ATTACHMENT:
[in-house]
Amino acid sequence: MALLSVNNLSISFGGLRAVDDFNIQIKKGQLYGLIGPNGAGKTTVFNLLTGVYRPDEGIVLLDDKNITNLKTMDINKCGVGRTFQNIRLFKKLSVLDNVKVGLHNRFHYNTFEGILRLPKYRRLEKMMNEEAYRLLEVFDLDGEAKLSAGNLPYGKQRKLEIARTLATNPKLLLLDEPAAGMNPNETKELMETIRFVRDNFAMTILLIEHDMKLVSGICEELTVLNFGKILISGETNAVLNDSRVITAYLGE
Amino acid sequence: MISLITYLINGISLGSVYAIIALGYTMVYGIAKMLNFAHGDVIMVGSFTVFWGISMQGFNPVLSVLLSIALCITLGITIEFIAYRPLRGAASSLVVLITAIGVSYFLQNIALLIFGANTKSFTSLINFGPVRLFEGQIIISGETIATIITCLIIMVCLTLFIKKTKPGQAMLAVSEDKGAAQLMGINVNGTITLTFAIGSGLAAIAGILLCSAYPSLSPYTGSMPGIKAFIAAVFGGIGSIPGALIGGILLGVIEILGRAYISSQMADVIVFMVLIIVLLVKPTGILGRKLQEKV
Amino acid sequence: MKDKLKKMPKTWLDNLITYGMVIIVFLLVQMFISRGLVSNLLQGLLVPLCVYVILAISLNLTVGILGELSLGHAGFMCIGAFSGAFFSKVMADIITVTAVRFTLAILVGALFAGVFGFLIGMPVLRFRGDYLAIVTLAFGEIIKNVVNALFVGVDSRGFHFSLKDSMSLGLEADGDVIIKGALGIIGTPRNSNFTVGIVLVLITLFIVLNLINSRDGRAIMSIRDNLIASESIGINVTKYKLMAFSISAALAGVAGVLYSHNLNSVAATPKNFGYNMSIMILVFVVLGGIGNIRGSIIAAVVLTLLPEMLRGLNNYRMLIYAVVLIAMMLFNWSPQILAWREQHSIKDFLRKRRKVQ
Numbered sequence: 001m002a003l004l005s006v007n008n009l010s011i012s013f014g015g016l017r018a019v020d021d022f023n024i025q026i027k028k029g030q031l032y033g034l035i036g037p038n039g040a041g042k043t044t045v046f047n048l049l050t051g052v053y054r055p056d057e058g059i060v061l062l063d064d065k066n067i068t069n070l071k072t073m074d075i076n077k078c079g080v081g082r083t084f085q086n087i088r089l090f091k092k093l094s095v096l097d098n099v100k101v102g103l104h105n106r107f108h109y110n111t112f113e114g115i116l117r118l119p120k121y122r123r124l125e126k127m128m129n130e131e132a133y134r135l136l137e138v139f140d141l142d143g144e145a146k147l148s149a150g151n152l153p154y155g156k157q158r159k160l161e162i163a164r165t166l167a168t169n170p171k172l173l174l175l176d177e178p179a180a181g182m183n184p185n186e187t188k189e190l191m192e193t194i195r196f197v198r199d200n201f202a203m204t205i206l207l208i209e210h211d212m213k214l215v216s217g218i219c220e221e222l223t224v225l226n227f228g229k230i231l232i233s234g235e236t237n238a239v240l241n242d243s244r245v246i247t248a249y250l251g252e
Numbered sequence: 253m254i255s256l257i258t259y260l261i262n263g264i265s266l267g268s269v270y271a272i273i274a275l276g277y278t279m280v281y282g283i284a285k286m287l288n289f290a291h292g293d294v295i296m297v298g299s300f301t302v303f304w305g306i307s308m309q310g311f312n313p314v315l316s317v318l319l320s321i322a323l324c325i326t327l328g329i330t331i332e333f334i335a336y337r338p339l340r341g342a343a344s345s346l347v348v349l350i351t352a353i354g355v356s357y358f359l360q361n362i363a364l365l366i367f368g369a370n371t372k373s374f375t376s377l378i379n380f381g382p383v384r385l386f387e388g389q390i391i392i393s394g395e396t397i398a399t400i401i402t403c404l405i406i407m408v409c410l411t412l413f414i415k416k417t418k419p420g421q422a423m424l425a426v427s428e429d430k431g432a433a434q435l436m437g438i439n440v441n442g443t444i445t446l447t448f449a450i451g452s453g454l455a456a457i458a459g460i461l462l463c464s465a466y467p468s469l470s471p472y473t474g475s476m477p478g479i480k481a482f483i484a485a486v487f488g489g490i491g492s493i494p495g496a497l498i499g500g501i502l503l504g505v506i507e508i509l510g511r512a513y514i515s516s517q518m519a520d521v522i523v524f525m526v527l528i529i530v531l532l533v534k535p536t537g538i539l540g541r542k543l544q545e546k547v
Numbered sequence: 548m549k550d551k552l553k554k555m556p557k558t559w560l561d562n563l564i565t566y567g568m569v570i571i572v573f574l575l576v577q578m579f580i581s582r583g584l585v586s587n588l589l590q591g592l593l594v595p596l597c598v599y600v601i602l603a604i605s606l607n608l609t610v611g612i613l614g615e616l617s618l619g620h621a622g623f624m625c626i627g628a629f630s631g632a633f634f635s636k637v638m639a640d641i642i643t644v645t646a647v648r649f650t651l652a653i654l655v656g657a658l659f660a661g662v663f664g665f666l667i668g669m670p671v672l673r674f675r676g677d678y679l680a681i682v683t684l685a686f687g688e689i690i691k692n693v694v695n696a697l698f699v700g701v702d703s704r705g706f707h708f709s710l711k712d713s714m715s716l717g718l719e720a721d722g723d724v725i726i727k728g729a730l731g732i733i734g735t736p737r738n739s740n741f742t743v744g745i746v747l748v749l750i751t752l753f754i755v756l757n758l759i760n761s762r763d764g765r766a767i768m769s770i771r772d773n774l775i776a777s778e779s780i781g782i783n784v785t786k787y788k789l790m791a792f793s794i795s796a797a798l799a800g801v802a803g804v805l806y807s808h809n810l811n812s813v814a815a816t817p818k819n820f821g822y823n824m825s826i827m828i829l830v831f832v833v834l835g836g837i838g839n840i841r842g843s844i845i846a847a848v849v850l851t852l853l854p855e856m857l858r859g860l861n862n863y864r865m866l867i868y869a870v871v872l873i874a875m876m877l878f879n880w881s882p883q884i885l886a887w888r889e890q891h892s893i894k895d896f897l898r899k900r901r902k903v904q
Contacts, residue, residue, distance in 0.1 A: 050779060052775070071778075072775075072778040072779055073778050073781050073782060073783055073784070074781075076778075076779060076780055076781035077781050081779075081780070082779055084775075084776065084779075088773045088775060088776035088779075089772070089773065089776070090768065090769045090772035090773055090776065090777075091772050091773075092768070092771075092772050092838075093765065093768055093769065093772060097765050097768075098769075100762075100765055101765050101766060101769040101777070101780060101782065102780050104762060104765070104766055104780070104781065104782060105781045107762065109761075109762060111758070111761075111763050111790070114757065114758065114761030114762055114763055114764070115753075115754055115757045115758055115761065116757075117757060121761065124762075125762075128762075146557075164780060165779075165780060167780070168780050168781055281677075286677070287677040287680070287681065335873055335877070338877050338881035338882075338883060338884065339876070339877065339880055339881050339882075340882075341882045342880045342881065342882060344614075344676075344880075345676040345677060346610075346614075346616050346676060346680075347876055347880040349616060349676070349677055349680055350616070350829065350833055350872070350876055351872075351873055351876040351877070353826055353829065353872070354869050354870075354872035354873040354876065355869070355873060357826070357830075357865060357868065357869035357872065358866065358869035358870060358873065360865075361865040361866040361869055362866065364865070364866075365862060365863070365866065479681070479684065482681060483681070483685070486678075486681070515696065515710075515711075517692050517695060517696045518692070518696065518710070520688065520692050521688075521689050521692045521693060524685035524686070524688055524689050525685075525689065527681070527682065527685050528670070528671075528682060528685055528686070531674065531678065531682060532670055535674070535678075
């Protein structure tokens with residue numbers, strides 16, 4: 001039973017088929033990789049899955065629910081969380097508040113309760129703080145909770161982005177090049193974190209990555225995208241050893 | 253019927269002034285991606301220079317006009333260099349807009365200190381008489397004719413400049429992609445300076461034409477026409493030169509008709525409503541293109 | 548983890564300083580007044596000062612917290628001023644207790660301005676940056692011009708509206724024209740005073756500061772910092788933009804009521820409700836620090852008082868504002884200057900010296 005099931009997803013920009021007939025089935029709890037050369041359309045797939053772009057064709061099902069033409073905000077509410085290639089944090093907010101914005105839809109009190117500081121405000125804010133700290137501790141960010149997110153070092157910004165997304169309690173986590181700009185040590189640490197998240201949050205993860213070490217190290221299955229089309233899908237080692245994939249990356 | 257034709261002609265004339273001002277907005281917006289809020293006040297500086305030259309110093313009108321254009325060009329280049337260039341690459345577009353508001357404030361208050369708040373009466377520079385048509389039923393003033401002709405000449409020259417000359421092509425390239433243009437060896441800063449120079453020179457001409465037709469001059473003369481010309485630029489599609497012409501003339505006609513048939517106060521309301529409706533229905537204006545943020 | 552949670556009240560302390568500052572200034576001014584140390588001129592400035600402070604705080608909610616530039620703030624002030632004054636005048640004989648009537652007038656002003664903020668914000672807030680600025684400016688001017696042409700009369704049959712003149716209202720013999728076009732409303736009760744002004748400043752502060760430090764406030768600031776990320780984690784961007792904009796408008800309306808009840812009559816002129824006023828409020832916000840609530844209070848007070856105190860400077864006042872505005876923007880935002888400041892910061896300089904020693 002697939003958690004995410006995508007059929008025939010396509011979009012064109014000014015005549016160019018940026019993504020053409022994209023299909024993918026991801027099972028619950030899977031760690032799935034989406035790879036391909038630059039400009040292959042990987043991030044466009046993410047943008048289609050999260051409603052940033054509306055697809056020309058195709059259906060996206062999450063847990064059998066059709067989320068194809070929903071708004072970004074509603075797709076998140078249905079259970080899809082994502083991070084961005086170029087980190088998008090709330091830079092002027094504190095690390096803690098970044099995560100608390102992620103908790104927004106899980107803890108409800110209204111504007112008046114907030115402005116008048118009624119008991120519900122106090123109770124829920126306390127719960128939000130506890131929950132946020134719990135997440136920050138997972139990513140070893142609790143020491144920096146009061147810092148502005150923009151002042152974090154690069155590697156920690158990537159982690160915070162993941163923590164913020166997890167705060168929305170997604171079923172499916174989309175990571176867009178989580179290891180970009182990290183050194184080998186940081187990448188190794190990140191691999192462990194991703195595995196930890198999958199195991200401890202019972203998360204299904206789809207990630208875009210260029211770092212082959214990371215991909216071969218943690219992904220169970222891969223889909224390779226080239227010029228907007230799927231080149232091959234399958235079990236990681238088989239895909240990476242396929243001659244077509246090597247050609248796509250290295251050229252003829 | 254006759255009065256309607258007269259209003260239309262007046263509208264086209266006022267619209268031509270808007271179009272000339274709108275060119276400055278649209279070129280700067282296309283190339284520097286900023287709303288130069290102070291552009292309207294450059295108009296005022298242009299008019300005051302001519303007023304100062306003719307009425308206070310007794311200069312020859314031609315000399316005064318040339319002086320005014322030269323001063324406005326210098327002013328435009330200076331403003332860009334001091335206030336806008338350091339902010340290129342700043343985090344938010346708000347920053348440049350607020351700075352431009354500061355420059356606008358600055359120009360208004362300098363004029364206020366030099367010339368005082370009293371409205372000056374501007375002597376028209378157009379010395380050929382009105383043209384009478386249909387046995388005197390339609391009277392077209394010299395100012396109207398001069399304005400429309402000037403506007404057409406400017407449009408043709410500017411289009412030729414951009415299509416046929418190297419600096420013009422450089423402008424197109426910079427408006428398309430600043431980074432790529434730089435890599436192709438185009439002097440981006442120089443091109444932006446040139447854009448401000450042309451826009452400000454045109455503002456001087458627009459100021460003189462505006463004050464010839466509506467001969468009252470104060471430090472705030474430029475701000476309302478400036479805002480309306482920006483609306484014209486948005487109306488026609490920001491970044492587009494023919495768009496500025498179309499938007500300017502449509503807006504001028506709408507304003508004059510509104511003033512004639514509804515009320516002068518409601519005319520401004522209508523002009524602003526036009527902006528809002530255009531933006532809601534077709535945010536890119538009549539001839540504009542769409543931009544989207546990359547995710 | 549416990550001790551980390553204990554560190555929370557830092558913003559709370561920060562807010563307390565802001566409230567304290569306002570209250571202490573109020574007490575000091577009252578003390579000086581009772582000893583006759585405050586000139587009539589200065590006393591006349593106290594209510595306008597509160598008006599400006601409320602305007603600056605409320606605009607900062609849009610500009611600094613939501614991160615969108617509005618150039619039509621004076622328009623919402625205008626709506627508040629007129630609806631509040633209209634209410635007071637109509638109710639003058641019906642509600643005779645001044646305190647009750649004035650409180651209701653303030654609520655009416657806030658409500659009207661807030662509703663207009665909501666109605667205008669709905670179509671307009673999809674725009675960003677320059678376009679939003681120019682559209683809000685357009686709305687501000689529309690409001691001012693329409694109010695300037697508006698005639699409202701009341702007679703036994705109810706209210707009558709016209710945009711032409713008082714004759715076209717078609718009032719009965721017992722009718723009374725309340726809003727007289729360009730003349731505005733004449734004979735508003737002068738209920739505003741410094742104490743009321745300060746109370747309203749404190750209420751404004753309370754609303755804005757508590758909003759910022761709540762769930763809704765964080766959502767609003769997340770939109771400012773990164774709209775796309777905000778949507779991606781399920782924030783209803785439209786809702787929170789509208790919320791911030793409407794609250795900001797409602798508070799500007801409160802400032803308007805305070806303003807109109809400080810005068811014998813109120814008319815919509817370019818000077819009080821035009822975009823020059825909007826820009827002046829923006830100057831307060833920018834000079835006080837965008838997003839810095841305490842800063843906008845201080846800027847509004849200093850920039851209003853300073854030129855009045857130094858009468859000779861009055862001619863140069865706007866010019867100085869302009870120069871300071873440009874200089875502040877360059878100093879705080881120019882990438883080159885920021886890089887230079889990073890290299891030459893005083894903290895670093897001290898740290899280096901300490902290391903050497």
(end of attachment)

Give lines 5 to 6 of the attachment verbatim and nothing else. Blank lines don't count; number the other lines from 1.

Numbered sequence: 001m002a003l004l005s006v007n008n009l010s011i012s013f014g015g016l017r018a019v020d021d022f023n024i025q026i027k028k029g030q031l032y033g034l035i036g037p038n039g040a041g042k043t044t045v046f047n048l049l050t051g052v053y054r055p056d057e058g059i060v061l062l063d064d065k066n067i068t069n070l071k072t073m074d075i076n077k078c079g080v081g082r083t084f085q086n087i088r089l090f091k092k093l094s095v096l097d098n099v100k101v102g103l104h105n106r107f108h109y110n111t112f113e114g115i116l117r118l119p120k121y122r123r124l125e126k127m128m129n130e131e132a133y134r135l136l137e138v139f140d141l142d143g144e145a146k147l148s149a150g151n152l153p154y155g156k157q158r159k160l161e162i163a164r165t166l167a168t169n170p171k172l173l174l175l176d177e178p179a180a181g182m183n184p185n186e187t188k189e190l191m192e193t194i195r196f197v198r199d200n201f202a203m204t205i206l207l208i209e210h211d212m213k214l215v216s217g218i219c220e221e222l223t224v225l226n227f228g229k230i231l232i233s234g235e236t237n238a239v240l241n242d243s244r245v246i247t248a249y250l251g252e
Numbered sequence: 253m254i255s256l257i258t259y260l261i262n263g264i265s266l267g268s269v270y271a272i273i274a275l276g277y278t279m280v281y282g283i284a285k286m287l288n289f290a291h292g293d294v295i296m297v298g299s300f301t302v303f304w305g306i307s308m309q310g311f312n313p314v315l316s317v318l319l320s321i322a323l324c325i326t327l328g329i330t331i332e333f334i335a336y337r338p339l340r341g342a343a344s345s346l347v348v349l350i351t352a353i354g355v356s357y358f359l360q361n362i363a364l365l366i367f368g369a370n371t372k373s374f375t376s377l378i379n380f381g382p383v384r385l386f387e388g389q390i391i392i393s394g395e396t397i398a399t400i401i402t403c404l405i406i407m408v409c410l411t412l413f414i415k416k417t418k419p420g421q422a423m424l425a426v427s428e429d430k431g432a433a434q435l436m437g438i439n440v441n442g443t444i445t446l447t448f449a450i451g452s453g454l455a456a457i458a459g460i461l462l463c464s465a466y467p468s469l470s471p472y473t474g475s476m477p478g479i480k481a482f483i484a485a486v487f488g489g490i491g492s493i494p495g496a497l498i499g500g501i502l503l504g505v506i507e508i509l510g511r512a513y514i515s516s517q518m519a520d521v522i523v524f525m526v527l528i529i530v531l532l533v534k535p536t537g538i539l540g541r542k543l544q545e546k547v